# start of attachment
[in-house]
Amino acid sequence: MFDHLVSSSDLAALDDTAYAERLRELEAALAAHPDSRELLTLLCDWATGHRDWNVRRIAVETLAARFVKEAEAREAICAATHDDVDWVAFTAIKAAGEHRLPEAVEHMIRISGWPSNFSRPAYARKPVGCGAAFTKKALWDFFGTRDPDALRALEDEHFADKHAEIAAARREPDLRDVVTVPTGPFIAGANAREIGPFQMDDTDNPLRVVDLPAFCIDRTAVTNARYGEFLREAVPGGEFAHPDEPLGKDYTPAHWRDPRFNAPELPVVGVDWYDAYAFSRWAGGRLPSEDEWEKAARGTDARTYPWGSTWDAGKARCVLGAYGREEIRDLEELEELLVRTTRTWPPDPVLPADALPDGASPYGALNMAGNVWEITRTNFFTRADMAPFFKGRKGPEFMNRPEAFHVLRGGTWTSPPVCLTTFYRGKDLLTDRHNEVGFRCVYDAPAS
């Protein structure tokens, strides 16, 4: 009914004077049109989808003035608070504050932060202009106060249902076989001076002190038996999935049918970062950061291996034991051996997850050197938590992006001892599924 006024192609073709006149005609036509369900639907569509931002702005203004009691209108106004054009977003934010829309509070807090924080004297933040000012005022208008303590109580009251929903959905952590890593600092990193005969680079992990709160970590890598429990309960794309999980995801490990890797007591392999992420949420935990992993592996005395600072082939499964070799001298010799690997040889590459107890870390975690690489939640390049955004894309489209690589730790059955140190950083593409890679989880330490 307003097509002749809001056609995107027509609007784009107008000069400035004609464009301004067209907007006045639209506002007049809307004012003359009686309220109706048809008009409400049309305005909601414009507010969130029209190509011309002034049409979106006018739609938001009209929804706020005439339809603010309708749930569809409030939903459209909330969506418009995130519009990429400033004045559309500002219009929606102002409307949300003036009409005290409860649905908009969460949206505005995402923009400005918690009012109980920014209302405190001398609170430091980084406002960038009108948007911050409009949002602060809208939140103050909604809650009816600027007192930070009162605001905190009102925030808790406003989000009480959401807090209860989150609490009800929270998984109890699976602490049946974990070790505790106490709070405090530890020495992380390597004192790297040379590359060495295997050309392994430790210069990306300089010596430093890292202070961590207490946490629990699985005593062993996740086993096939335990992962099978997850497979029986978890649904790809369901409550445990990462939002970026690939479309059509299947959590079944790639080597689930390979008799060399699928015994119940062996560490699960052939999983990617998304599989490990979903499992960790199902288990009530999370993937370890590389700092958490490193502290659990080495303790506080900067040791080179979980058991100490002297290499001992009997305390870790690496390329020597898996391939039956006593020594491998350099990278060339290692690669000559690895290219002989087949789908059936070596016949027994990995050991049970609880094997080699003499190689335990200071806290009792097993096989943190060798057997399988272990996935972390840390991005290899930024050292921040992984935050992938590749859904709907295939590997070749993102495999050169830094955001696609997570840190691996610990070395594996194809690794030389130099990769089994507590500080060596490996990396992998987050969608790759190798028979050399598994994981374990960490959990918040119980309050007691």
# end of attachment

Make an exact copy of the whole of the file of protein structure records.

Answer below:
[in-house]
Amino acid sequence: MFDHLVSSSDLAALDDTAYAERLRELEAALAAHPDSRELLTLLCDWATGHRDWNVRRIAVETLAARFVKEAEAREAICAATHDDVDWVAFTAIKAAGEHRLPEAVEHMIRISGWPSNFSRPAYARKPVGCGAAFTKKALWDFFGTRDPDALRALEDEHFADKHAEIAAARREPDLRDVVTVPTGPFIAGANAREIGPFQMDDTDNPLRVVDLPAFCIDRTAVTNARYGEFLREAVPGGEFAHPDEPLGKDYTPAHWRDPRFNAPELPVVGVDWYDAYAFSRWAGGRLPSEDEWEKAARGTDARTYPWGSTWDAGKARCVLGAYGREEIRDLEELEELLVRTTRTWPPDPVLPADALPDGASPYGALNMAGNVWEITRTNFFTRADMAPFFKGRKGPEFMNRPEAFHVLRGGTWTSPPVCLTTFYRGKDLLTDRHNEVGFRCVYDAPAS
């Protein structure tokens, strides 16, 4: 009914004077049109989808003035608070504050932060202009106060249902076989001076002190038996999935049918970062950061291996034991051996997850050197938590992006001892599924 006024192609073709006149005609036509369900639907569509931002702005203004009691209108106004054009977003934010829309509070807090924080004297933040000012005022208008303590109580009251929903959905952590890593600092990193005969680079992990709160970590890598429990309960794309999980995801490990890797007591392999992420949420935990992993592996005395600072082939499964070799001298010799690997040889590459107890870390975690690489939640390049955004894309489209690589730790059955140190950083593409890679989880330490 307003097509002749809001056609995107027509609007784009107008000069400035004609464009301004067209907007006045639209506002007049809307004012003359009686309220109706048809008009409400049309305005909601414009507010969130029209190509011309002034049409979106006018739609938001009209929804706020005439339809603010309708749930569809409030939903459209909330969506418009995130519009990429400033004045559309500002219009929606102002409307949300003036009409005290409860649905908009969460949206505005995402923009400005918690009012109980920014209302405190001398609170430091980084406002960038009108948007911050409009949002602060809208939140103050909604809650009816600027007192930070009162605001905190009102925030808790406003989000009480959401807090209860989150609490009800929270998984109890699976602490049946974990070790505790106490709070405090530890020495992380390597004192790297040379590359060495295997050309392994430790210069990306300089010596430093890292202070961590207490946490629990699985005593062993996740086993096939335990992962099978997850497979029986978890649904790809369901409550445990990462939002970026690939479309059509299947959590079944790639080597689930390979008799060399699928015994119940062996560490699960052939999983990617998304599989490990979903499992960790199902288990009530999370993937370890590389700092958490490193502290659990080495303790506080900067040791080179979980058991100490002297290499001992009997305390870790690496390329020597898996391939039956006593020594491998350099990278060339290692690669000559690895290219002989087949789908059936070596016949027994990995050991049970609880094997080699003499190689335990200071806290009792097993096989943190060798057997399988272990996935972390840390991005290899930024050292921040992984935050992938590749859904709907295939590997070749993102495999050169830094955001696609997570840190691996610990070395594996194809690794030389130099990769089994507590500080060596490996990396992998987050969608790759190798028979050399598994994981374990960490959990918040119980309050007691």